- The article addresses:
- — The growing needs of a master planned community
- — Stakeholder engagement and community outreach
- — Educational specifications verification process
- — Campus organization and architecture
Setting a new bar for engagement
September 18th, 2013
This week HMC President and Civic/Justice Practice Leader Beverly Prior, FAIA, LEED AP is speaking at the AIA AAJ national conference in Portland, OR. The theme of this year’s conference is the evolving prevalence of several forms of alternative project delivery as those processes have been applied to the justice building environments. Each version of these various methods has much to recommend it, but each also inevitably entails certain challenges with the justice environments adding another level of complexity given the paramount issues of security and safety. The conference will explore those benefits and challenges.
The two sessions Beverly Prior will be presenting on include:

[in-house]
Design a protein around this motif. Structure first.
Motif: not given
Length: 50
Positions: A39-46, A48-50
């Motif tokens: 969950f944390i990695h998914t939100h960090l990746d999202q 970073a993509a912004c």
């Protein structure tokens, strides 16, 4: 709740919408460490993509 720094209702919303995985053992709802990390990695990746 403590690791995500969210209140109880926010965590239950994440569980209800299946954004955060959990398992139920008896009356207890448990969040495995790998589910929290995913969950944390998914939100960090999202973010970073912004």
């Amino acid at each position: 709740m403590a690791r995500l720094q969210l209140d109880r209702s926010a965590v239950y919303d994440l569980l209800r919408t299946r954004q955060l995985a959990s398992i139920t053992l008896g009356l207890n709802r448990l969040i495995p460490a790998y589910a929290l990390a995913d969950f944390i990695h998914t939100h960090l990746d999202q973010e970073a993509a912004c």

Design Excellence through Design-Build (and Other Integrated Project Deliveries)
Can your design-build team achieve design excellence in a design-build project? What is design excellence in a civic building, correctional facility, a Federal Courthouse? Beverly and other industry experts will discuss the meaning of design excellence and best practices in achieving the mark. The other speakers include Greg Gidez, AIA, DBIA; Rick del Monte, AIA; Curt Fentress, FAIA, RIBA and Kay Compton, AIA.
Sustainable Justice Principles in Practice Part II: A Systems Approach
Sustainable justice principles serve justice facilities and the communities within which they reside, as well as broader justice system goals at municipal, state and federal levels. Through a series of interviews Beverly and other panelists will investigate current developments from the perspective of a systems approach to guide facility owners and operators, and practitioners in their decision-making. The other speakers include Julia Hughes, AIA, LEED AP BD+C; Elizabeth Minnis, AIA; Wendy Still; Jeanne Woodford; Richard W. Velde and Larry Hartman, AIA.
Beverly Prior is also part of the AAJ Sustainable Justice Committee, which organized the conference’s Saturday Workshop, Sustainable Justice Workshop 2013: Partnering with Research and Technology. The workshop will explore the advancement and application of Green Guide to Justice (GGJ) sustainable principles for justice and how these objectives can partner with the advancement of research in understanding how humans respond to the built environment.
The future is now: alternative project delivery